Nasa scientists recorded a 5 per cent increase in the planet’s green leaf area since the early 2000s – the equivalent of an extra Amazon rainforest – and were surprised by the cause.
This surprising new study shows that the two emerging countries with the world’s biggest populations are leading the improvement in greening on land. The effect stems mainly from ambitious tree planting programs in China and intensive agriculture in both countries. In 2017 alone, India broke its own world record for the most trees planted after volunteers gathered to plant 66 million saplings in just 12 hours.
The 20-year-long data record was produced by an instrument on board two satellites orbiting the planet and capturing up to four shots of every place on Earth every day for the last 20 years.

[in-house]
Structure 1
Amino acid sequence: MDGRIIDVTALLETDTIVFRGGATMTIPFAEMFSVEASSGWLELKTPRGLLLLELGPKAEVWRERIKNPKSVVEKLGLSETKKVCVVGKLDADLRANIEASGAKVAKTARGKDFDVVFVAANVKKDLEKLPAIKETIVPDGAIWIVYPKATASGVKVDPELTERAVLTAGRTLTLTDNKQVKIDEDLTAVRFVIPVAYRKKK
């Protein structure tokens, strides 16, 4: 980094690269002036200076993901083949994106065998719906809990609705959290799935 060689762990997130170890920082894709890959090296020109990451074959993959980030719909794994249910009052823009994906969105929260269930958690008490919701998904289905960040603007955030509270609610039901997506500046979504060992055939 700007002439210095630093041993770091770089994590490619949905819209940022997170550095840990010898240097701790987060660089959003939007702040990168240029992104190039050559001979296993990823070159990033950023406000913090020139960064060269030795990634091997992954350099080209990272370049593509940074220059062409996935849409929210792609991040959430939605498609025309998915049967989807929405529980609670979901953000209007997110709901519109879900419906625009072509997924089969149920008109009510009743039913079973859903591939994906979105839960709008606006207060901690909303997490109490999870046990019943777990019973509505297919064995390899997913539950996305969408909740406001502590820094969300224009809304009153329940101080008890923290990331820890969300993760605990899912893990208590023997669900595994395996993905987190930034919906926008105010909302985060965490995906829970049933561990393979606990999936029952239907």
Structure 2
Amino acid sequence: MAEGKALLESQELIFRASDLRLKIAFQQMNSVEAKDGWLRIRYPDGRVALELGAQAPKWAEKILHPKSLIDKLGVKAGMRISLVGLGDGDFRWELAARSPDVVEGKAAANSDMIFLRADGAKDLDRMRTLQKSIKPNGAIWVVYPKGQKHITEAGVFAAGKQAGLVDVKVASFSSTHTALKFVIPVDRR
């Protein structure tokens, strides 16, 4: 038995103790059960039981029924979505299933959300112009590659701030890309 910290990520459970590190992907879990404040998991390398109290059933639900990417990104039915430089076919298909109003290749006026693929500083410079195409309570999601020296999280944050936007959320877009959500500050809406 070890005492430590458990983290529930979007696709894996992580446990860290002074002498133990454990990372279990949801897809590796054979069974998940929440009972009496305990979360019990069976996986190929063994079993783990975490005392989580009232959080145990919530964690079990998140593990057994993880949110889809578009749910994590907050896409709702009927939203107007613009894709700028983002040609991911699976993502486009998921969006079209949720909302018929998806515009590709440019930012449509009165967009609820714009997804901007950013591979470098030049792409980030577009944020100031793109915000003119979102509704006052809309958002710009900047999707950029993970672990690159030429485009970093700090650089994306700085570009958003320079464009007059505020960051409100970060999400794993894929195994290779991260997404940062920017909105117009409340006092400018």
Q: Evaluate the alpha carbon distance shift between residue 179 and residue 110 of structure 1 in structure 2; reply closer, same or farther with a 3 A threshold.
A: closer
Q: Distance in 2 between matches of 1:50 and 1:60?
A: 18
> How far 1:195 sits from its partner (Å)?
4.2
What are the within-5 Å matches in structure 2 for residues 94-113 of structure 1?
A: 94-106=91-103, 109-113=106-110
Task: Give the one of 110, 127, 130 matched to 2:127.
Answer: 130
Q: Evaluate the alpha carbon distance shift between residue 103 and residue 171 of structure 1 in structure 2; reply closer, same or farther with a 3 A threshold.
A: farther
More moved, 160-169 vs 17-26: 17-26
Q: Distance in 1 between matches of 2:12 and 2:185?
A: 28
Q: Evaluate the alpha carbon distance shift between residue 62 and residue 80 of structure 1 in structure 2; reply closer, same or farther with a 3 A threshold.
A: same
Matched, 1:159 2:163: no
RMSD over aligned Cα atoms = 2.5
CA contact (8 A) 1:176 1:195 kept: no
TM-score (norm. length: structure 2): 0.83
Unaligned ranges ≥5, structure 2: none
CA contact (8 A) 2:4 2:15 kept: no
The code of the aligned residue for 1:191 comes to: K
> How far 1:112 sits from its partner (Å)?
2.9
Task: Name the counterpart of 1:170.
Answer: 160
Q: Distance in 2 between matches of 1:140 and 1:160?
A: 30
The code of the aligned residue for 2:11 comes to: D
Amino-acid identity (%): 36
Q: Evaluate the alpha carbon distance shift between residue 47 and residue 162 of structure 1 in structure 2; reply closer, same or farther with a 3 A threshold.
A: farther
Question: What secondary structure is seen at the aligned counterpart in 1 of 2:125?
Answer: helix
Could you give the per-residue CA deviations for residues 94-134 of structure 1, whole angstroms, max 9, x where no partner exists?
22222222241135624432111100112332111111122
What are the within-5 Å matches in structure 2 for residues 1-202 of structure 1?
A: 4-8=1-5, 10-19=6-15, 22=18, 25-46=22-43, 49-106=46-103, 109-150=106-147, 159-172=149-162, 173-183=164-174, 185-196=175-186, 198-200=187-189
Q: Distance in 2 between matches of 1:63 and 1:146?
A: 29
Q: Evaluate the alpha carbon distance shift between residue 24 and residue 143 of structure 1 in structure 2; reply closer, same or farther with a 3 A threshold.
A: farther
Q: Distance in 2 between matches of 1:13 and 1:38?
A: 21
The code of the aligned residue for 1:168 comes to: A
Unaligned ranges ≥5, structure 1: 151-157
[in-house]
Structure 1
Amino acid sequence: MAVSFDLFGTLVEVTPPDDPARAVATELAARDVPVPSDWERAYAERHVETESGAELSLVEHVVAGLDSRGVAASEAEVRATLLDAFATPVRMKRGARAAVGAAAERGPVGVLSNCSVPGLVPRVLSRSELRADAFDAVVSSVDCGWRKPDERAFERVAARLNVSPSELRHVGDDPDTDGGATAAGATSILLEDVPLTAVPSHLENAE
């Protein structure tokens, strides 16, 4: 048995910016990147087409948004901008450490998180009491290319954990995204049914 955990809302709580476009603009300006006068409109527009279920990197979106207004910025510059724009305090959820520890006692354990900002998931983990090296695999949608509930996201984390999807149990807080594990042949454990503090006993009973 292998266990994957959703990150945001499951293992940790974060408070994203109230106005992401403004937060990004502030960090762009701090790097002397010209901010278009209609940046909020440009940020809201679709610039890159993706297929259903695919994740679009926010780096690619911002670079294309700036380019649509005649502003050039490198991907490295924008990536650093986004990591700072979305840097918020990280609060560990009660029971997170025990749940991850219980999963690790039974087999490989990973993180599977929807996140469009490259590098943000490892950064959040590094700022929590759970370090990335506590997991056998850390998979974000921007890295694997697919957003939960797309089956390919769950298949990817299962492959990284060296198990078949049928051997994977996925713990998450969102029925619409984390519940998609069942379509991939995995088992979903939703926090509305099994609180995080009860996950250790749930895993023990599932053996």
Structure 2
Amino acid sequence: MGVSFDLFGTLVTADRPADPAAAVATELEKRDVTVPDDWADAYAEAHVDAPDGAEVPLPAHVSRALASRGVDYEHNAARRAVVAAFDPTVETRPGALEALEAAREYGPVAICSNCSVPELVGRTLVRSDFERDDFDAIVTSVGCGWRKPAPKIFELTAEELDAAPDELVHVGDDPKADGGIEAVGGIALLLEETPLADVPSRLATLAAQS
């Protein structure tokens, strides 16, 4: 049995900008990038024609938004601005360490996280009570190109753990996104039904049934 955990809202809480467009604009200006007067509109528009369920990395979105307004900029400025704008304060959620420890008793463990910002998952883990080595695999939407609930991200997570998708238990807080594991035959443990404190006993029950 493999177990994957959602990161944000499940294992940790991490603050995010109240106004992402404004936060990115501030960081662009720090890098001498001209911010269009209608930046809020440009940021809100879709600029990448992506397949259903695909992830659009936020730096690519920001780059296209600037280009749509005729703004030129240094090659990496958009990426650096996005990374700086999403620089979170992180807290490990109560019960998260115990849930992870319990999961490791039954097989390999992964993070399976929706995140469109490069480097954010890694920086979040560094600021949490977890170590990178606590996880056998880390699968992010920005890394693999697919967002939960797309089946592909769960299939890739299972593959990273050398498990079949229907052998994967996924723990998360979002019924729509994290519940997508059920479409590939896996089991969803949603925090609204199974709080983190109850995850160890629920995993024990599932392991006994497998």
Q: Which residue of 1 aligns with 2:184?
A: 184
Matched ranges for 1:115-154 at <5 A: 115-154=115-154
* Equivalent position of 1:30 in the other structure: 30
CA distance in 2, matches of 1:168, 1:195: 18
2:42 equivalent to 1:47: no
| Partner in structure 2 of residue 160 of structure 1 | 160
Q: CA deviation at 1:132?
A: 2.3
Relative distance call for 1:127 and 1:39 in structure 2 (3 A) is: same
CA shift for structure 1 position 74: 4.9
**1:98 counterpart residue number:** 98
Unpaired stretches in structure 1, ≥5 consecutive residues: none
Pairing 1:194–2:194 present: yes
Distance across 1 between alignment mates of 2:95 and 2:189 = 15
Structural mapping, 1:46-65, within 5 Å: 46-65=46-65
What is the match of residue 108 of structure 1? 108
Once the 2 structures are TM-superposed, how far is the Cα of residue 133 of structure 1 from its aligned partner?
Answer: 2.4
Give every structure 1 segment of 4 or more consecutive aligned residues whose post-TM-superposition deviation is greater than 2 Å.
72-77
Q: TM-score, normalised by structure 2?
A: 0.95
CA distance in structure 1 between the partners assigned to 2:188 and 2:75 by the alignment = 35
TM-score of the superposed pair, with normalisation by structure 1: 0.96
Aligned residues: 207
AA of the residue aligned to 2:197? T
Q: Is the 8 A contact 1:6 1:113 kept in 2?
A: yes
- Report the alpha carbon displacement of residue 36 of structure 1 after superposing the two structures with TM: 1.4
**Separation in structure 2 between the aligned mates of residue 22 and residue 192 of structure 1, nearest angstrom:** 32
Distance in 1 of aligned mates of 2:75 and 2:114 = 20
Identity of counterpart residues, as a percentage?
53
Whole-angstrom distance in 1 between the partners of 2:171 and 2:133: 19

“China and India account for one-third of the greening, but contain only 9% of the planet’s land area covered in vegetation — a surprising finding, considering the general notion of land degradation in populous countries from overexploitation,” Chi Chen, the study’s lead author and a graduate researcher at Boston University’s Department of Earth and Environment, said in a statement.
The greening in China is from forests (42 per cent) and croplands (32 per cent), but in India, it is mostly from croplands (82 per cent) with minor contribution from forests (4.4 per cent).
Food production in China and India has increased by over 35 per cent since 2000 mostly owing to an increase in the harvested area through multiple cropping facilitated by fertiliser use and surface and/or groundwater irrigation.